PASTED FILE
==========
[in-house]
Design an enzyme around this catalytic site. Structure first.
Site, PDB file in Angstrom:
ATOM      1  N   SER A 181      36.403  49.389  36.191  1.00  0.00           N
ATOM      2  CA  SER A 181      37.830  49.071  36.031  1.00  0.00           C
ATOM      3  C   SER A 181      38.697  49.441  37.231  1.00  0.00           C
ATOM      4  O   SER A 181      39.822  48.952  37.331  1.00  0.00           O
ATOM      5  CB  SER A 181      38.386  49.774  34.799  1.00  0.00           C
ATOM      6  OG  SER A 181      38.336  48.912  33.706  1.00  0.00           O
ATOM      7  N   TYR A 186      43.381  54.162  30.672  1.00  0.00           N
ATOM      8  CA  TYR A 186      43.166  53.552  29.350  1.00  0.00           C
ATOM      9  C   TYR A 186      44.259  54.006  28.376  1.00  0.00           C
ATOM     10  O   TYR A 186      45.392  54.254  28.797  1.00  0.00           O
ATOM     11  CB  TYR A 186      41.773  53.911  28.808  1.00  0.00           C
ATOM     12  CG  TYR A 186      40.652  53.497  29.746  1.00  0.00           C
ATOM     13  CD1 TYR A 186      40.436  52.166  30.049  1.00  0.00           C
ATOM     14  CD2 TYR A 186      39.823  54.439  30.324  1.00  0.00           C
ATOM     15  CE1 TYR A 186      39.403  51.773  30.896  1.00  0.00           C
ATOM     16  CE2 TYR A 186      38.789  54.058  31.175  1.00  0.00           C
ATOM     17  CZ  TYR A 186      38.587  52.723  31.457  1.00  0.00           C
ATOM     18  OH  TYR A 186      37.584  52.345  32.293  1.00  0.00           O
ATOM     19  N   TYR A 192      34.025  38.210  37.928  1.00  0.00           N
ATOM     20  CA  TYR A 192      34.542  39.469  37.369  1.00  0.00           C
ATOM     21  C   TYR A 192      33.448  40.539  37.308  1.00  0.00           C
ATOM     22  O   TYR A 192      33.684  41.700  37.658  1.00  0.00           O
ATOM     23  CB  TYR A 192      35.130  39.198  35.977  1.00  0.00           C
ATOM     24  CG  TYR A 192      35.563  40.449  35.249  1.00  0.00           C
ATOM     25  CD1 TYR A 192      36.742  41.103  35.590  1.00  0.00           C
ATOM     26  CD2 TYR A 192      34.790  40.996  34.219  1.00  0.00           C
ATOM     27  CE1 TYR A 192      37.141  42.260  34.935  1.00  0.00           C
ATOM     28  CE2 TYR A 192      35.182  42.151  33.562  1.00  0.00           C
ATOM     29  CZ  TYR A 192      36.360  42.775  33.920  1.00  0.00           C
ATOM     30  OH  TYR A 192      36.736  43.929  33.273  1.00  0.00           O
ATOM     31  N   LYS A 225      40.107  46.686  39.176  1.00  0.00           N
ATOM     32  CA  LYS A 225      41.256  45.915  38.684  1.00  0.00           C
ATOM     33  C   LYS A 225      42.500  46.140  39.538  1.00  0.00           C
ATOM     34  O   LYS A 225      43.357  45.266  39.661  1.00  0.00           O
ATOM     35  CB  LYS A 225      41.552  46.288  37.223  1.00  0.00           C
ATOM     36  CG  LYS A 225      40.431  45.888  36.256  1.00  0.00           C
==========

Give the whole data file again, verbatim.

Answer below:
[in-house]
Design an enzyme around this catalytic site. Structure first.
Site, PDB file in Angstrom:
ATOM      1  N   SER A 181      36.403  49.389  36.191  1.00  0.00           N
ATOM      2  CA  SER A 181      37.830  49.071  36.031  1.00  0.00           C
ATOM      3  C   SER A 181      38.697  49.441  37.231  1.00  0.00           C
ATOM      4  O   SER A 181      39.822  48.952  37.331  1.00  0.00           O
ATOM      5  CB  SER A 181      38.386  49.774  34.799  1.00  0.00           C
ATOM      6  OG  SER A 181      38.336  48.912  33.706  1.00  0.00           O
ATOM      7  N   TYR A 186      43.381  54.162  30.672  1.00  0.00           N
ATOM      8  CA  TYR A 186      43.166  53.552  29.350  1.00  0.00           C
ATOM      9  C   TYR A 186      44.259  54.006  28.376  1.00  0.00           C
ATOM     10  O   TYR A 186      45.392  54.254  28.797  1.00  0.00           O
ATOM     11  CB  TYR A 186      41.773  53.911  28.808  1.00  0.00           C
ATOM     12  CG  TYR A 186      40.652  53.497  29.746  1.00  0.00           C
ATOM     13  CD1 TYR A 186      40.436  52.166  30.049  1.00  0.00           C
ATOM     14  CD2 TYR A 186      39.823  54.439  30.324  1.00  0.00           C
ATOM     15  CE1 TYR A 186      39.403  51.773  30.896  1.00  0.00           C
ATOM     16  CE2 TYR A 186      38.789  54.058  31.175  1.00  0.00           C
ATOM     17  CZ  TYR A 186      38.587  52.723  31.457  1.00  0.00           C
ATOM     18  OH  TYR A 186      37.584  52.345  32.293  1.00  0.00           O
ATOM     19  N   TYR A 192      34.025  38.210  37.928  1.00  0.00           N
ATOM     20  CA  TYR A 192      34.542  39.469  37.369  1.00  0.00           C
ATOM     21  C   TYR A 192      33.448  40.539  37.308  1.00  0.00           C
ATOM     22  O   TYR A 192      33.684  41.700  37.658  1.00  0.00           O
ATOM     23  CB  TYR A 192      35.130  39.198  35.977  1.00  0.00           C
ATOM     24  CG  TYR A 192      35.563  40.449  35.249  1.00  0.00           C
ATOM     25  CD1 TYR A 192      36.742  41.103  35.590  1.00  0.00           C
ATOM     26  CD2 TYR A 192      34.790  40.996  34.219  1.00  0.00           C
ATOM     27  CE1 TYR A 192      37.141  42.260  34.935  1.00  0.00           C
ATOM     28  CE2 TYR A 192      35.182  42.151  33.562  1.00  0.00           C
ATOM     29  CZ  TYR A 192      36.360  42.775  33.920  1.00  0.00           C
ATOM     30  OH  TYR A 192      36.736  43.929  33.273  1.00  0.00           O
ATOM     31  N   LYS A 225      40.107  46.686  39.176  1.00  0.00           N
ATOM     32  CA  LYS A 225      41.256  45.915  38.684  1.00  0.00           C
ATOM     33  C   LYS A 225      42.500  46.140  39.538  1.00  0.00           C
ATOM     34  O   LYS A 225      43.357  45.266  39.661  1.00  0.00           O
ATOM     35  CB  LYS A 225      41.552  46.288  37.223  1.00  0.00           C
ATOM     36  CG  LYS A 225      40.431  45.888  36.256  1.00  0.00           C